Wednesday, 19 December 2012

It's all in the genes.....

12 noon Wednesday 5th December 2012 - London's Harley Street for genetic testing. Then 2pm appointment with new surgeon at The London Breast Clinic.

Genes comprise particles of DNA, packaged in chromosomes. They determine when and where the body makes each of the many thousands of proteins required for life and instruct cells in their growth and function. Humans have 20-30,000 genes. Researchers hunt for disease associated genes has resulted in a number being identified, including some that are pre-determiners for cancer. Better understanding of the function of genes and their contribution to disease is leading to increasingly improved treatments.

Relating to genes; the term indicates something inherited, this can include a pre-disposition to certain diseases.

"Most breast cancer is not caused by genetic changes, however, approximately 10% of patients in the UK have other family members who have had the disease. In these cases genetics can be a part of the cause of the cancer. Two important genes have been identified that when damaged strongly increase the likelihood of developing breast cancer. These genes are called BRCA 1 and BRCA 2. The most current figures show that women with a change in BRCA 1 have a 57% risk of developing breast cancer and a 49% risk of developing ovarian cancer. Women with a change in BRCA 2 have a 40% risk of developing breast cancer and a 18% risk of developing ovarian cancer."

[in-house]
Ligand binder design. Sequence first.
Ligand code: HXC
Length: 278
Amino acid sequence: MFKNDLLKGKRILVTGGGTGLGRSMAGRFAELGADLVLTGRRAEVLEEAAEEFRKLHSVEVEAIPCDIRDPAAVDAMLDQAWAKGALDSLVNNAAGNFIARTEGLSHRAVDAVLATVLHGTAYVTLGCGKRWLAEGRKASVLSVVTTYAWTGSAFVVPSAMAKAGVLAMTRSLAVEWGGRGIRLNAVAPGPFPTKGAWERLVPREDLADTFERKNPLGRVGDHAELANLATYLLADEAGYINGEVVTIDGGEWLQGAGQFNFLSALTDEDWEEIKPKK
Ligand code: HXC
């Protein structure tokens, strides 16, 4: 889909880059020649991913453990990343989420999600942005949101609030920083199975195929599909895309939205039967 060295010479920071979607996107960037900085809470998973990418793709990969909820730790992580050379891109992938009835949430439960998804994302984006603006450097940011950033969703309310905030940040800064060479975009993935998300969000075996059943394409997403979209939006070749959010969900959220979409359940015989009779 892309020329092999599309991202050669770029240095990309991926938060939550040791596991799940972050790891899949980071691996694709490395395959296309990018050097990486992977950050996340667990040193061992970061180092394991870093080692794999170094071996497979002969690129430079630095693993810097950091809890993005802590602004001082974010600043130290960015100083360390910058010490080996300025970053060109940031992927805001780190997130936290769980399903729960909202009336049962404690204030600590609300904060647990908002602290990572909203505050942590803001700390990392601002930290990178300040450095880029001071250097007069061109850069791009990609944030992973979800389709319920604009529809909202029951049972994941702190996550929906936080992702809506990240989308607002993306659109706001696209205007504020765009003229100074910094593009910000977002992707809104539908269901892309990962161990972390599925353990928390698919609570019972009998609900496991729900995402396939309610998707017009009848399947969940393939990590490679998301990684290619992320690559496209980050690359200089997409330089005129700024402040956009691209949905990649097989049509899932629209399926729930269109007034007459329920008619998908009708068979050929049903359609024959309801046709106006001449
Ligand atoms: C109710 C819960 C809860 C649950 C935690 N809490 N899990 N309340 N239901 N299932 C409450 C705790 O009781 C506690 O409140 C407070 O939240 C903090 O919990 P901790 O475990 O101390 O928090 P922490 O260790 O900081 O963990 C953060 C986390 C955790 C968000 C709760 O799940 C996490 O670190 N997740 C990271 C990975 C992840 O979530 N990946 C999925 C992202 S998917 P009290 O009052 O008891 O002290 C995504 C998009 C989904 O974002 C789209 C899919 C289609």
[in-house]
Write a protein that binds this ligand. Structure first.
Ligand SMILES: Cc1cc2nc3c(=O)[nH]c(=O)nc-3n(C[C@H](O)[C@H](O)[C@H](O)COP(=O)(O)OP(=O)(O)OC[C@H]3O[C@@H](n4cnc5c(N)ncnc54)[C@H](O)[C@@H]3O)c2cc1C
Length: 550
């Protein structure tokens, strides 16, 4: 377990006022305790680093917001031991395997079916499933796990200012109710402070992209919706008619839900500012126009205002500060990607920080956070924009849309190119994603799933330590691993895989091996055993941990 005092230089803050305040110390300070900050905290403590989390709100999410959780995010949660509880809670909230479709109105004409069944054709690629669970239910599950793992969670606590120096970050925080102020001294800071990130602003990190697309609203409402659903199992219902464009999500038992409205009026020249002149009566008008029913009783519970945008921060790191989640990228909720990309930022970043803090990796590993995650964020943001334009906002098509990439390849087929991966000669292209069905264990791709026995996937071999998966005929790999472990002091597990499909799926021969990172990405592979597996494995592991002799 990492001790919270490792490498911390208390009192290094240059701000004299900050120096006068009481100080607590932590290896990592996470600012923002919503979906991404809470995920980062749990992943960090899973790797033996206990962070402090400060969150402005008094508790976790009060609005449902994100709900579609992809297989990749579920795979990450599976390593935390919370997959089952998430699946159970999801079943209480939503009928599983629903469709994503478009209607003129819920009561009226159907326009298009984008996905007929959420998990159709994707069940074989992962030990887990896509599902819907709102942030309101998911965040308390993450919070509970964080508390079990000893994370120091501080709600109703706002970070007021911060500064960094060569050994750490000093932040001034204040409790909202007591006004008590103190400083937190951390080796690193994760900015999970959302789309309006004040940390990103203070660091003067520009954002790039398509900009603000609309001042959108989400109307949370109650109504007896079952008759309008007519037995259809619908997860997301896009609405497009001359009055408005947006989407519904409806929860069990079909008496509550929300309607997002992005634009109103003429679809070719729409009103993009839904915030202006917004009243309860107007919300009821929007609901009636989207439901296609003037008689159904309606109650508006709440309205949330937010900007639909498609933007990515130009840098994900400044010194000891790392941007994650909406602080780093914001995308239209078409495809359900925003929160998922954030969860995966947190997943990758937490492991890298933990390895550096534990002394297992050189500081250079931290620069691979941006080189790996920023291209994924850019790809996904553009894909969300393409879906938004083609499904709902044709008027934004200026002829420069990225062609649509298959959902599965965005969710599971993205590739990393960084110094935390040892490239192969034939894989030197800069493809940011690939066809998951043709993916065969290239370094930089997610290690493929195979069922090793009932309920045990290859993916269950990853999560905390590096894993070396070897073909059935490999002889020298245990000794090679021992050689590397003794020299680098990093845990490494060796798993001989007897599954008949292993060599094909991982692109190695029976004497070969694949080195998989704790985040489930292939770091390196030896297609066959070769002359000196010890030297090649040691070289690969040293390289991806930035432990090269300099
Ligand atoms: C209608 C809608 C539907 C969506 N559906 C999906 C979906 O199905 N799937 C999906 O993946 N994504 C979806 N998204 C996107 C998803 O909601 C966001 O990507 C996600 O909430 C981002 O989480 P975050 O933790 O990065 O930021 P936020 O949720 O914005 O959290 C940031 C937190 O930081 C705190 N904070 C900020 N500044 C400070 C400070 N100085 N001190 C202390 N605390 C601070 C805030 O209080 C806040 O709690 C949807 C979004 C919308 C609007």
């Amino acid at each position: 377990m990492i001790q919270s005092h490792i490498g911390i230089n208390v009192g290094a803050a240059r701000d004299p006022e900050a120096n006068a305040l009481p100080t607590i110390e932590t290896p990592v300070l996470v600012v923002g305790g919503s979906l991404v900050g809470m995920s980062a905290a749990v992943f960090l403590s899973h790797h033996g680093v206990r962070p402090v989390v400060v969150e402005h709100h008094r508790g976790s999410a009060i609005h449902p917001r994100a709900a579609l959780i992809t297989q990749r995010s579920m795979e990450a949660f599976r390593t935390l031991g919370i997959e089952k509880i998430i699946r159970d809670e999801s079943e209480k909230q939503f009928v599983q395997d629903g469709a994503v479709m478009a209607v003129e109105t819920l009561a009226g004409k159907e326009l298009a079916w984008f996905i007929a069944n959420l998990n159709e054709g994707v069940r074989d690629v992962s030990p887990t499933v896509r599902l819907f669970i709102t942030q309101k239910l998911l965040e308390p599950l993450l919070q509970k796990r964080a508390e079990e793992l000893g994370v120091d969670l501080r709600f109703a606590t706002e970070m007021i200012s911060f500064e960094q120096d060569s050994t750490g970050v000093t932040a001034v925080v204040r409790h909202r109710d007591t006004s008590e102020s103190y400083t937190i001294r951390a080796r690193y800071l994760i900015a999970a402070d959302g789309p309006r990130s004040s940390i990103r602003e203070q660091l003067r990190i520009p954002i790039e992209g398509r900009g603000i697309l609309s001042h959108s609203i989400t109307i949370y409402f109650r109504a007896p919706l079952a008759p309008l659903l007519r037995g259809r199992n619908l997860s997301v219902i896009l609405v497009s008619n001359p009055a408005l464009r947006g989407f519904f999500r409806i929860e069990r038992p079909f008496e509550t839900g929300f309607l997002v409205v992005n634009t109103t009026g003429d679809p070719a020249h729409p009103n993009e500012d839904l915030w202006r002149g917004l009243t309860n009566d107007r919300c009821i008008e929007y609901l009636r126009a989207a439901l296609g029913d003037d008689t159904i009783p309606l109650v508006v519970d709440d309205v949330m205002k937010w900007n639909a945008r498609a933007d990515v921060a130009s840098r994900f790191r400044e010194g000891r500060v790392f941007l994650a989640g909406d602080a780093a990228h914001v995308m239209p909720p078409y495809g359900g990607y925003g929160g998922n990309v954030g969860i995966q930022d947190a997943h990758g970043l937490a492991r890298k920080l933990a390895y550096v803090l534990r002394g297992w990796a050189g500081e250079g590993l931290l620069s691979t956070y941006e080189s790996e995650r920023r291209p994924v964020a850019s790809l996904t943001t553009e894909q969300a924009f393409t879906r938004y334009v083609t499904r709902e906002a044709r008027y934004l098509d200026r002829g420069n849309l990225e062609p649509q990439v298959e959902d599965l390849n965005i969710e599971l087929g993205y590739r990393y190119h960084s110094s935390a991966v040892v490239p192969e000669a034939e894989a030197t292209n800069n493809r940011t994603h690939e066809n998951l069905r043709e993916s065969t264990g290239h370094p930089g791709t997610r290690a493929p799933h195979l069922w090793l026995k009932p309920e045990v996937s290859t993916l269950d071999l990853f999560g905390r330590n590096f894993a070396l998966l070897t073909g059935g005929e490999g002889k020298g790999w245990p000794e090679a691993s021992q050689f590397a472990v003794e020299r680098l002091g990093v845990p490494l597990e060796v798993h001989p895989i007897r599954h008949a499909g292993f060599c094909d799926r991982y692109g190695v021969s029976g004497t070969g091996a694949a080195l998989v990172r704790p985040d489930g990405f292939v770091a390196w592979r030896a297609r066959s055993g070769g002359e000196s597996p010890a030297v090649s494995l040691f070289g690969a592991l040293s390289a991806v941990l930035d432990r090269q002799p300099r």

We walk into a Grand office, with a very well educated gentleman, I immediately feel a sense of reassurance wash over me. No tissues on the desk that's a good sign to start with.

We go through my family tree as far back as we can & discover nearly every woman on my dads side has had breast or ovarian cancer, I feel like my body is a ticking time bomb. He tells me that he thinks I definitely have the gene even without being tested & even though he knows I don't feel it, in 'his' eyes I'm actually a very good statistic, once I've had the surgery I will be at a much lower risk than the average woman of ever catching breast cancer. Unfortunately I am still at a greater risk of getting ovarian cancer & they fully advise removing my ovaries in the near future, but that's another blog for another time..

After an in depth conversation covering everything we could think of to ask him, mum & I were satisfied, he suggested having the blood test done at the hospital where my appointment with the new surgeon was and if I had any further questions to call him. An hour has flown by & we leave feeling slightly lighter in step & with lots to talk about over a nice lunch in this posh part of town.. Only my mother can turn a daunting experience into a nice girly day out! !

As we walk towards the café we pass King Edward VII hospital & there is a mass of paparazzi gathered outside. The Duchess of Cambridge Kate Middleton is in there for morning sickness!!! & I thought I was a princess ;) My mum says she feels happier now, I smile at her - she is such a snob, but inside I'm also feeling a little bit better.

1 comment:

  1. Nothing like having your mum's support!! Wishing you well.